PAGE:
Genetic diversity and morphological variation in a vulnerable WV native orchid, Corallorhiza bentleyi

Nicole Fama

Abstract


Corallorhiza bentleyi, commonly known as Bentley’s coralroot, is an orchid species endemic to five counties along the West Virginia/Virginia border. It was described in the 1990s, is known from only about 10 populations, and is both geographically restricted and locally rare. Patterns of genetic diversity and fungal host specificity for this orchid are poorly understood; such knowledge will be crucial to help maintain the long term stability of this species. We took a three-fold approach to quantify diversity among populations of Corallorhiza bentleyi. Nuclear microsatellite and inter-simple sequence repeat (ISSR) markers were developed to quantify genetic variation within C. bentleyi. The internal transcribed spacer region (ITS) was sequenced to assess the degree of specificity between the orchids and their ectomycorrhizal fungal hosts. Floral morphometrics and principal components analysis were used to analyze morphological diversity among all individuals sampled. Although low levels of genetic diversity were found among sequenced microsatellite regions, floral morphological measurements showed some distinction between populations at the county level. Corallorhiza bentleyi appears to associate with a single species of fungus, T. fuscocinerea, meaning that its survival is linked to that of this single species. Preliminary data from dominant ISSR banding patterns have revealed evidence of genetic variation between C. bentleyi populations, and among individuals within populations. The ultimate goal of this research is to obtain more information concerning genetic diversity, relationships with its fungal host, and environmental requirements in order to influence management of C. bentleyi populations and their habitats in southern Appalachia.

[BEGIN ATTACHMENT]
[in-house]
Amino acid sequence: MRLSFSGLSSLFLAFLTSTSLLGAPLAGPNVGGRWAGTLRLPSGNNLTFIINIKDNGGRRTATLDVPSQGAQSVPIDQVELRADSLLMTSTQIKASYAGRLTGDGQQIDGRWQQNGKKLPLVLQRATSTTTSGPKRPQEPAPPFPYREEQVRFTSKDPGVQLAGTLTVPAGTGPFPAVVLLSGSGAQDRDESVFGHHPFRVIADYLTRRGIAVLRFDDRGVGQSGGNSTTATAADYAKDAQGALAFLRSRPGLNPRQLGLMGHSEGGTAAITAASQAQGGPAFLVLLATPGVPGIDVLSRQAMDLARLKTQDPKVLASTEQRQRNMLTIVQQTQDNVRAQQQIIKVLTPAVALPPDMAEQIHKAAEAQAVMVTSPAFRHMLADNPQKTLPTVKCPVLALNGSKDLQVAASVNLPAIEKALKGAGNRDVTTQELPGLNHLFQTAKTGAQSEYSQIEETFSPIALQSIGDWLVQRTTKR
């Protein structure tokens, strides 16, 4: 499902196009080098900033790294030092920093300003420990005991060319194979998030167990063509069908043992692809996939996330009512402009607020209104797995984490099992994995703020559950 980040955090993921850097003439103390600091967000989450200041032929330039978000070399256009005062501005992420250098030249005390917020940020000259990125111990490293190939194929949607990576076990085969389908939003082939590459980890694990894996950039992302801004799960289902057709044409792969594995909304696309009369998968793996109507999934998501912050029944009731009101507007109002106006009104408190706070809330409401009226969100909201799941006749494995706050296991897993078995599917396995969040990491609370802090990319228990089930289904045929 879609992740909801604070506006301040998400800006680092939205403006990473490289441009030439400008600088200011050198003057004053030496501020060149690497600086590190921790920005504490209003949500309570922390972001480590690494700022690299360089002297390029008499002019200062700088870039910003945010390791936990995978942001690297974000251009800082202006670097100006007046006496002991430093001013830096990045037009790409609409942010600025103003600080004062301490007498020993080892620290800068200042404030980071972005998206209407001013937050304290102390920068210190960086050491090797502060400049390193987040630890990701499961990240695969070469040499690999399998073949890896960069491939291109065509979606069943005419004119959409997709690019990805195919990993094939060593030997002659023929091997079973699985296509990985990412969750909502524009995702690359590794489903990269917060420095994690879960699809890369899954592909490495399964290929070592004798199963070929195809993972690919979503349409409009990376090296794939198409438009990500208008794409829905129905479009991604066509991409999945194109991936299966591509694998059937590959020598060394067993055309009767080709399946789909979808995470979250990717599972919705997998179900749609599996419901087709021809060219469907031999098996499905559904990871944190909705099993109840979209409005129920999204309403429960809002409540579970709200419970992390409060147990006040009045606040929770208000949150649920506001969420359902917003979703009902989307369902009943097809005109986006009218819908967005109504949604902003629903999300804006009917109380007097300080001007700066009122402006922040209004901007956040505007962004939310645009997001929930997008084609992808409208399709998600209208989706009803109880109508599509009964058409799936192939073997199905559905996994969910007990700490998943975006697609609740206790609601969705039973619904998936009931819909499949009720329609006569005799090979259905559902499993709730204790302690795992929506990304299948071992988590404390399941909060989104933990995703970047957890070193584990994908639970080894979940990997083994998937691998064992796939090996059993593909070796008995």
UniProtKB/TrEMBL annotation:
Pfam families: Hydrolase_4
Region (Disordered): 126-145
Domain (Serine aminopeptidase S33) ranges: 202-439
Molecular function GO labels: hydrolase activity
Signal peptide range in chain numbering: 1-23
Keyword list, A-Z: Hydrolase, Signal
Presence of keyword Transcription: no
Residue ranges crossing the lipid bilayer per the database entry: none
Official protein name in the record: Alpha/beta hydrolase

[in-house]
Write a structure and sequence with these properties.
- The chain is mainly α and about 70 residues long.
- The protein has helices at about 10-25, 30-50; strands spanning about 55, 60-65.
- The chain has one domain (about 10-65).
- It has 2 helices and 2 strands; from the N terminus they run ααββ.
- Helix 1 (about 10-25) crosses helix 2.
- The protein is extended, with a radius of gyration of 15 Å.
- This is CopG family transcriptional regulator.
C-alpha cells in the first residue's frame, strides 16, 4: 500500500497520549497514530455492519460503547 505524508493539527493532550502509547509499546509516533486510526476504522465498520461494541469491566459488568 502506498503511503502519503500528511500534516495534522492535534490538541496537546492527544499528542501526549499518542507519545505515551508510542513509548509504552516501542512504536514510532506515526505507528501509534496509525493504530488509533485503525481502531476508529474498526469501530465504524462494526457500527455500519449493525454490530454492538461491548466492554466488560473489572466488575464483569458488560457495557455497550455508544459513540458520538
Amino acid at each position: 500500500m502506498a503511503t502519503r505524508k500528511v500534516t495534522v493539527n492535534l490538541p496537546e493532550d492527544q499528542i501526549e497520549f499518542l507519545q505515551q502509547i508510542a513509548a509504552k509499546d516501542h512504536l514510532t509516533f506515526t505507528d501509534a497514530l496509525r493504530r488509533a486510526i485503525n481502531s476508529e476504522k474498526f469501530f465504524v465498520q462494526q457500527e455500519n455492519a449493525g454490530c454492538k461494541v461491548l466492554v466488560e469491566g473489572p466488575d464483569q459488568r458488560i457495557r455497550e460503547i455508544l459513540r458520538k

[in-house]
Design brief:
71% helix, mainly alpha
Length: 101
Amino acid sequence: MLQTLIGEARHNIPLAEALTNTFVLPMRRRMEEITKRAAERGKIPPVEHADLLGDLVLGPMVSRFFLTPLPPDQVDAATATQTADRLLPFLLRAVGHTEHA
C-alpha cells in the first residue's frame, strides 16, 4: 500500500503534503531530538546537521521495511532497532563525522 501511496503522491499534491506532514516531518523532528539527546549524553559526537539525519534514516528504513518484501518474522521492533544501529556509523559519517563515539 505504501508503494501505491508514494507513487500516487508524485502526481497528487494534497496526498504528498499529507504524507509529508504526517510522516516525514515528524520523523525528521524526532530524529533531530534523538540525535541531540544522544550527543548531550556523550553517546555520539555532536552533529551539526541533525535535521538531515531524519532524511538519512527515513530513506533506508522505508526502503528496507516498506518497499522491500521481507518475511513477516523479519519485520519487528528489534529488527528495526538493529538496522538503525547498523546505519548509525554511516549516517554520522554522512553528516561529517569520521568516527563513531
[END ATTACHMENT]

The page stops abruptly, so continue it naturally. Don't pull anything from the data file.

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References


Barrett, C. F., Freudenstein, J. V., Lee Taylor, D., Koljalg, U. 2010. Rangewide analysis of fungal associations in the fully mycoheterotrophic Corallorhiza striata complex (Orchidaceae) reveals extreme specificity on ectomycorrhizal Tomentella (Thelephoraceae) across North America. American Journal of Botany. 7: 628-643.

Barrett CF, Freudenstein JV. 2011. An integrative approach to delimiting species in a rare but widespread mycoheterotrophic orchid. Molecular Ecology 20: 2771-2786.




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